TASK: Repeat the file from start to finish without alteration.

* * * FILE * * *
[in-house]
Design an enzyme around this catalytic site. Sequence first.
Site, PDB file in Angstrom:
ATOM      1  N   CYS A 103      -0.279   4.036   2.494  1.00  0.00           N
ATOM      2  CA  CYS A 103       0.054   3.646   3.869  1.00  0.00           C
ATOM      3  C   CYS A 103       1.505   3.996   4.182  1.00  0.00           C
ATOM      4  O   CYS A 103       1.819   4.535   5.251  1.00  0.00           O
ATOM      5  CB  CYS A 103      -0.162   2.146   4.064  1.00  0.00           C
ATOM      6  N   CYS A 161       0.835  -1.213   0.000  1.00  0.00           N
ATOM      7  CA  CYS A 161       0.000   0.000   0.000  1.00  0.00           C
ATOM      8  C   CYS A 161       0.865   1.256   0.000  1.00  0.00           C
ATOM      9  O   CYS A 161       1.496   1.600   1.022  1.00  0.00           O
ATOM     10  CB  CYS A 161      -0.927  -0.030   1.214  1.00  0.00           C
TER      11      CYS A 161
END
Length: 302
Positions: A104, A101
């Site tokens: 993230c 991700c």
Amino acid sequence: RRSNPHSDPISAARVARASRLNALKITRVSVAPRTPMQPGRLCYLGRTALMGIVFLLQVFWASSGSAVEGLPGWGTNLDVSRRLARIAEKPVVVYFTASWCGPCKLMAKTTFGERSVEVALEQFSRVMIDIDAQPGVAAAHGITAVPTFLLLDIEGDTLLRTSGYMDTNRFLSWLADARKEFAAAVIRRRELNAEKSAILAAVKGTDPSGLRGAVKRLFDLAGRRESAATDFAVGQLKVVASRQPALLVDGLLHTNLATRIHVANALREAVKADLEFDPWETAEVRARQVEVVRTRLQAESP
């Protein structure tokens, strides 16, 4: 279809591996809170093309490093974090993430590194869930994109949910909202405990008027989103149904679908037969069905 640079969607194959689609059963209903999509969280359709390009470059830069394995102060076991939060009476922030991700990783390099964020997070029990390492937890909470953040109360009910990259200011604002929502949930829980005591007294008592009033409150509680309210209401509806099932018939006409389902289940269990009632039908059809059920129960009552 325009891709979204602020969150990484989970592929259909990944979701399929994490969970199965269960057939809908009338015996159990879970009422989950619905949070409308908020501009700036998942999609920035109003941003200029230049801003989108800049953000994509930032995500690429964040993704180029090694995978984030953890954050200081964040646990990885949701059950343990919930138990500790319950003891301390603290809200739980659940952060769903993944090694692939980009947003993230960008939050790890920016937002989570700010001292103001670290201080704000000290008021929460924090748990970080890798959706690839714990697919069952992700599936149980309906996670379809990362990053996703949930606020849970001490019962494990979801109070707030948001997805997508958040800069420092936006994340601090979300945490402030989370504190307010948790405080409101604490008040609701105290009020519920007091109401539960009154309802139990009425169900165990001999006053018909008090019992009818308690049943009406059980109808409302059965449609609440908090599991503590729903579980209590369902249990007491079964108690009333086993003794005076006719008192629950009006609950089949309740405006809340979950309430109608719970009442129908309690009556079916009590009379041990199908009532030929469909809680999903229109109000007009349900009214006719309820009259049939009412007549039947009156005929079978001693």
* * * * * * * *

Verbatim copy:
[in-house]
Design an enzyme around this catalytic site. Sequence first.
Site, PDB file in Angstrom:
ATOM      1  N   CYS A 103      -0.279   4.036   2.494  1.00  0.00           N
ATOM      2  CA  CYS A 103       0.054   3.646   3.869  1.00  0.00           C
ATOM      3  C   CYS A 103       1.505   3.996   4.182  1.00  0.00           C
ATOM      4  O   CYS A 103       1.819   4.535   5.251  1.00  0.00           O
ATOM      5  CB  CYS A 103      -0.162   2.146   4.064  1.00  0.00           C
ATOM      6  N   CYS A 161       0.835  -1.213   0.000  1.00  0.00           N
ATOM      7  CA  CYS A 161       0.000   0.000   0.000  1.00  0.00           C
ATOM      8  C   CYS A 161       0.865   1.256   0.000  1.00  0.00           C
ATOM      9  O   CYS A 161       1.496   1.600   1.022  1.00  0.00           O
ATOM     10  CB  CYS A 161      -0.927  -0.030   1.214  1.00  0.00           C
TER      11      CYS A 161
END
Length: 302
Positions: A104, A101
């Site tokens: 993230c 991700c």
Amino acid sequence: RRSNPHSDPISAARVARASRLNALKITRVSVAPRTPMQPGRLCYLGRTALMGIVFLLQVFWASSGSAVEGLPGWGTNLDVSRRLARIAEKPVVVYFTASWCGPCKLMAKTTFGERSVEVALEQFSRVMIDIDAQPGVAAAHGITAVPTFLLLDIEGDTLLRTSGYMDTNRFLSWLADARKEFAAAVIRRRELNAEKSAILAAVKGTDPSGLRGAVKRLFDLAGRRESAATDFAVGQLKVVASRQPALLVDGLLHTNLATRIHVANALREAVKADLEFDPWETAEVRARQVEVVRTRLQAESP
């Protein structure tokens, strides 16, 4: 279809591996809170093309490093974090993430590194869930994109949910909202405990008027989103149904679908037969069905 640079969607194959689609059963209903999509969280359709390009470059830069394995102060076991939060009476922030991700990783390099964020997070029990390492937890909470953040109360009910990259200011604002929502949930829980005591007294008592009033409150509680309210209401509806099932018939006409389902289940269990009632039908059809059920129960009552 325009891709979204602020969150990484989970592929259909990944979701399929994490969970199965269960057939809908009338015996159990879970009422989950619905949070409308908020501009700036998942999609920035109003941003200029230049801003989108800049953000994509930032995500690429964040993704180029090694995978984030953890954050200081964040646990990885949701059950343990919930138990500790319950003891301390603290809200739980659940952060769903993944090694692939980009947003993230960008939050790890920016937002989570700010001292103001670290201080704000000290008021929460924090748990970080890798959706690839714990697919069952992700599936149980309906996670379809990362990053996703949930606020849970001490019962494990979801109070707030948001997805997508958040800069420092936006994340601090979300945490402030989370504190307010948790405080409101604490008040609701105290009020519920007091109401539960009154309802139990009425169900165990001999006053018909008090019992009818308690049943009406059980109808409302059965449609609440908090599991503590729903579980209590369902249990007491079964108690009333086993003794005076006719008192629950009006609950089949309740405006809340979950309430109608719970009442129908309690009556079916009590009379041990199908009532030929469909809680999903229109109000007009349900009214006719309820009259049939009412007549039947009156005929079978001693």